Sexual Blackmail & Congress


I came of age during the Sexual Revolution and before AIDS.

We had garden-variety STDs but this was the age of disco, the age of the Pill and even the sponge. It was okay to come home with something that could be treated with an antibiotic, but not to come home pregnant. I didn’t have the time or the money – especially the money – to get pregnant.

So I was a frequent customer to the little Planned Parenthood clinic because there was no way I could afford a fancy gynecologist. The exams and the prescriptions were like gold. I think I may have visited Planned Parenthood more than I stopped in at the college library.

And now, many members of Congress are using the selectively edited video of Planned Parenthood executives as a rallying cry to defund the organization. Many of these members have never have resigned themselves to the fact that abortion is legal. They may even shut down the federal government this week to prove their point.

But this isn’t a blog about abortion.

This is a blog about the health of a young person, a person who didn’t have loving parents to fall back on if she got in a jam. A young person who is not me, but who could have been.

This is a blog about the 400,000 Pap tests and 500,000 breast exams conducted every year to prevent cancer.

It’s about the 4.5 million tests and treatments for sexually transmitted diseases, many far more deadly than the garden variety from my youth.

It’s not a blog about abortion, because only 3% of all the stuff Planned Parenthood does is abortions.

It’s not a blog about the 3%. It’s a blog about the 80% who receive services to prevent unintended pregnancies. That’s about 516,000 pregnancies a year. That’s 516,000 times no one even had to discuss whether to have an abortion.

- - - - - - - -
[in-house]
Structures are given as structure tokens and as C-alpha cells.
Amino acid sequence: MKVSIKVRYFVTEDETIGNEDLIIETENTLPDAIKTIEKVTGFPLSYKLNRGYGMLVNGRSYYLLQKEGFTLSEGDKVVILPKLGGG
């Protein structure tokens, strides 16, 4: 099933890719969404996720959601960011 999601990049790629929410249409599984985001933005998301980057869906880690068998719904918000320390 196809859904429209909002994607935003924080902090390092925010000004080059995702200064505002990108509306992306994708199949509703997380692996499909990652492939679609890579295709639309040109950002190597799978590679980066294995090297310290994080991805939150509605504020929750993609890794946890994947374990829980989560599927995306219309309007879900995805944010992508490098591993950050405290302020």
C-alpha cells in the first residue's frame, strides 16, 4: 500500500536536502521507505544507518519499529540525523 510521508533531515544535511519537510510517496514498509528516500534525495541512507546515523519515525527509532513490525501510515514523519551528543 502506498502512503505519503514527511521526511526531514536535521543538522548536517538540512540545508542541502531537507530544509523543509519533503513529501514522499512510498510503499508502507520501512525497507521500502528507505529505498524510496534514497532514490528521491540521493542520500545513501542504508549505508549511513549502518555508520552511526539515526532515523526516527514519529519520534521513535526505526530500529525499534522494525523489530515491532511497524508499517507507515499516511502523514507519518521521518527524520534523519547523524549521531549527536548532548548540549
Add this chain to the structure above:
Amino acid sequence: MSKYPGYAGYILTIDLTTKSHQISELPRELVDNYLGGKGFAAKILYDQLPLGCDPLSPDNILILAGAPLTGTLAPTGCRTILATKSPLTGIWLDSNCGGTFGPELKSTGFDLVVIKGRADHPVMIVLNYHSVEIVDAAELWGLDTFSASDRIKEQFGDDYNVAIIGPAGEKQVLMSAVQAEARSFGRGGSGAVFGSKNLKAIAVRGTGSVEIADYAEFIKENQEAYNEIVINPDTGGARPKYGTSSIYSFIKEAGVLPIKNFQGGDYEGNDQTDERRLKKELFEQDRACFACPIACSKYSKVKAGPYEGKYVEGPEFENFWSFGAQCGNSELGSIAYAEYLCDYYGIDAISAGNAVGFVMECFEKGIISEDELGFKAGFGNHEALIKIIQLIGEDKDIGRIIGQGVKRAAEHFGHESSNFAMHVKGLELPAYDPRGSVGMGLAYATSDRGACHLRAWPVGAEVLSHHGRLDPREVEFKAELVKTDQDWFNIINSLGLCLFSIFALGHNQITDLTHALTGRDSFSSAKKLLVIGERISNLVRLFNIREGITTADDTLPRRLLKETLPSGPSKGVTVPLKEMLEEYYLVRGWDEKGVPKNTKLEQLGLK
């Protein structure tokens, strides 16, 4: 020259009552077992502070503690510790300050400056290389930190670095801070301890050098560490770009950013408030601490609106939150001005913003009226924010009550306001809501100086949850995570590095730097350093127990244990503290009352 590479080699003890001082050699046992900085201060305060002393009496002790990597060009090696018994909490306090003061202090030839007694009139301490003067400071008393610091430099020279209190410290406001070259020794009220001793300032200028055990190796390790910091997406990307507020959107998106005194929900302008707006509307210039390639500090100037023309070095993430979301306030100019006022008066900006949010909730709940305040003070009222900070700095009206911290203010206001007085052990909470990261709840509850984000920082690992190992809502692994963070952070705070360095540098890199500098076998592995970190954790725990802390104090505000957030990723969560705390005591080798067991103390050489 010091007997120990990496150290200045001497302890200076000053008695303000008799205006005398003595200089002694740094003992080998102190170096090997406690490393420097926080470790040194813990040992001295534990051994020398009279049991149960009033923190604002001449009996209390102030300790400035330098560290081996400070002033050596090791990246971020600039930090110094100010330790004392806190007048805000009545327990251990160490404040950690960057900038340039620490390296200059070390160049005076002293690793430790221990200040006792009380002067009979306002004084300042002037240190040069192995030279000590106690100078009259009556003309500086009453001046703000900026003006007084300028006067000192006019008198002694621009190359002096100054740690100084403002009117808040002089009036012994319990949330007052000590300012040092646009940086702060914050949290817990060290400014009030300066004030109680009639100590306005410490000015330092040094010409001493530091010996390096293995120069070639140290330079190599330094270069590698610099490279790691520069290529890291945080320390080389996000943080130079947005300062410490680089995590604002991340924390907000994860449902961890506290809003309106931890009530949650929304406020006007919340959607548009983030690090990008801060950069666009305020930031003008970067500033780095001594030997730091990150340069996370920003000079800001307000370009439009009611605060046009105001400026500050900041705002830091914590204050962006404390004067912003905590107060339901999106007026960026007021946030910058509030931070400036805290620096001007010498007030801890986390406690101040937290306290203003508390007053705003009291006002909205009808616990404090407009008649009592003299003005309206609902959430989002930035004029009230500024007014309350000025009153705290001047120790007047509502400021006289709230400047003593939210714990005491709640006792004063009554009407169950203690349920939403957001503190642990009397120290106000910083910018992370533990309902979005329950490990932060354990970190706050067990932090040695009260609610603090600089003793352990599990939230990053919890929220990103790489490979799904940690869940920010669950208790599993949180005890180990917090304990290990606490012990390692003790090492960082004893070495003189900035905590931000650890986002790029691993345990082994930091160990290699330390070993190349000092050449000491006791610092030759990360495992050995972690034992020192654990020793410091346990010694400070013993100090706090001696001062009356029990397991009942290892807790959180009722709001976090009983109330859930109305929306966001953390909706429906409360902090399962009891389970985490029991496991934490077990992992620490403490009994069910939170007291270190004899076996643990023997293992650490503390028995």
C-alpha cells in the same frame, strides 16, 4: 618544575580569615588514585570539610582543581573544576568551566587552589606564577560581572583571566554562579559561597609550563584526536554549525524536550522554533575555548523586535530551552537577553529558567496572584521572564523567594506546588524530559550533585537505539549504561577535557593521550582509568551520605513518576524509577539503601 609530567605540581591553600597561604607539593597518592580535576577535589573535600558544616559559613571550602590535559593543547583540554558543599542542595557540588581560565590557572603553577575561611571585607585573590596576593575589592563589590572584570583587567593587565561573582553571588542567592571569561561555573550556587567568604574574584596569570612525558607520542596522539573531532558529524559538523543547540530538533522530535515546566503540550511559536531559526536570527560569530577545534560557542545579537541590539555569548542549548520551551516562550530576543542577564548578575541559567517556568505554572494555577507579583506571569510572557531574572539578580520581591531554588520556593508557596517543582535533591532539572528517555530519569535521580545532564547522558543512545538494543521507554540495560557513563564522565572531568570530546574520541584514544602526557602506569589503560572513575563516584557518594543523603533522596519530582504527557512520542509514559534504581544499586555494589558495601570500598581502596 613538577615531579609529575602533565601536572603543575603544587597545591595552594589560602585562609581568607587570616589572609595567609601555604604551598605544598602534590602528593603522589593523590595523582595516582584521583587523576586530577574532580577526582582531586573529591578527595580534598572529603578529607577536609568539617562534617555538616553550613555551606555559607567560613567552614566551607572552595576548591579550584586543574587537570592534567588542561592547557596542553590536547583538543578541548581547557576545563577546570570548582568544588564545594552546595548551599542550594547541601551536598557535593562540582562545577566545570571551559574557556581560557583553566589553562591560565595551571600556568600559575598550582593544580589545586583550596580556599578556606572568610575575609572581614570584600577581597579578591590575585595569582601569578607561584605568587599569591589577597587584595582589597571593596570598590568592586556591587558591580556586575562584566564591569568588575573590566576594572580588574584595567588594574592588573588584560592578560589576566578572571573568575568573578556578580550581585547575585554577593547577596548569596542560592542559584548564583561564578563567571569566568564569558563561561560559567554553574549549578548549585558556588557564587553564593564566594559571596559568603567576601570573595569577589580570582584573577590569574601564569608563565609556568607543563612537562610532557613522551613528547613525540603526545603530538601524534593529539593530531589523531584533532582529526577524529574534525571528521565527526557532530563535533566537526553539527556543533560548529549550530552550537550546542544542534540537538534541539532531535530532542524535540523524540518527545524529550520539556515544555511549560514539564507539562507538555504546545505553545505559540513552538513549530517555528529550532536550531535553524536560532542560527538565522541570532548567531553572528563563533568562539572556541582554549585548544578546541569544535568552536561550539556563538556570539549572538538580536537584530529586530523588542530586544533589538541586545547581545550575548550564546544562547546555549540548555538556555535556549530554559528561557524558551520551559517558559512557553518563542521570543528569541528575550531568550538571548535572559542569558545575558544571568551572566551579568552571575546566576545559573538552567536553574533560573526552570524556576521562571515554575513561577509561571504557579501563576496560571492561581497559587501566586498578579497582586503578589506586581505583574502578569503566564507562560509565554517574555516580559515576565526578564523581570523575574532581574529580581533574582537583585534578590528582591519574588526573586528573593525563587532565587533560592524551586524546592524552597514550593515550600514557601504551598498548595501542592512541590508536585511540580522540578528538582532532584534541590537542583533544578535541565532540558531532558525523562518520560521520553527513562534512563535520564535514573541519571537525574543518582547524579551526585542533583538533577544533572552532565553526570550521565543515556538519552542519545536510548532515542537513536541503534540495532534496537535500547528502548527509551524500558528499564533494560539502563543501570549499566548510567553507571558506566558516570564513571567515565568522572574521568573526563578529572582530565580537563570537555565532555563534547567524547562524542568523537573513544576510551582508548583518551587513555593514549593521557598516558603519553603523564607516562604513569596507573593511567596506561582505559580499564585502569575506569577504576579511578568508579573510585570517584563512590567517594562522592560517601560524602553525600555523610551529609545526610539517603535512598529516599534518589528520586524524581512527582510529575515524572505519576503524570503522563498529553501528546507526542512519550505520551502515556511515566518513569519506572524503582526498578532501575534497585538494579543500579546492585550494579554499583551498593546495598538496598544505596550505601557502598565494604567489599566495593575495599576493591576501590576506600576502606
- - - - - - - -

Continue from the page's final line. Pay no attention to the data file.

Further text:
And that’s why Planned Parenthood shouldn’t be part of this Congressional blackmail.




They say that everyone has a doppelganger, a twin somewhere out there in the world.

And, recently, I read a news story about a woman who found hers, using a web site that can help you find the one person who shares your face, assuming he or she is looking for you too.

Curious, I click through. You describe the shape of your face, your eyes, your mouth. You upload a photo. The site scans all the photos in its database to find a match. How cool that there could be another me out there! I start to fill out the form.

And then I hesitate.

Because, I have always reveled in my uniqueness. My features are a mashup of my parents’. My mother’s eyes, my father’s jawline. As an only child, I have always liked not having to share anything, not even my facial features, with a sibling whose existence might force me to share attention. Do I really want to find out that what’s mine, all mine…isn’t?

I am not the only one operating on the assumption that I am unique. MasterCard is experimenting with letting you charge purchases using facial recognition technology because it assumes that your selfie is your identity. But what if someone else out there can match up to your selfie? Could they take over your bank account?

It brings it into the realm of science fiction, or Mission Impossible, to imagine someone using your face to live your life.

So, to my twin out there in the universe, I apologize. Because, with one reassuring look in the mirror at my own reflection, I click off the site. And I won’t be returning.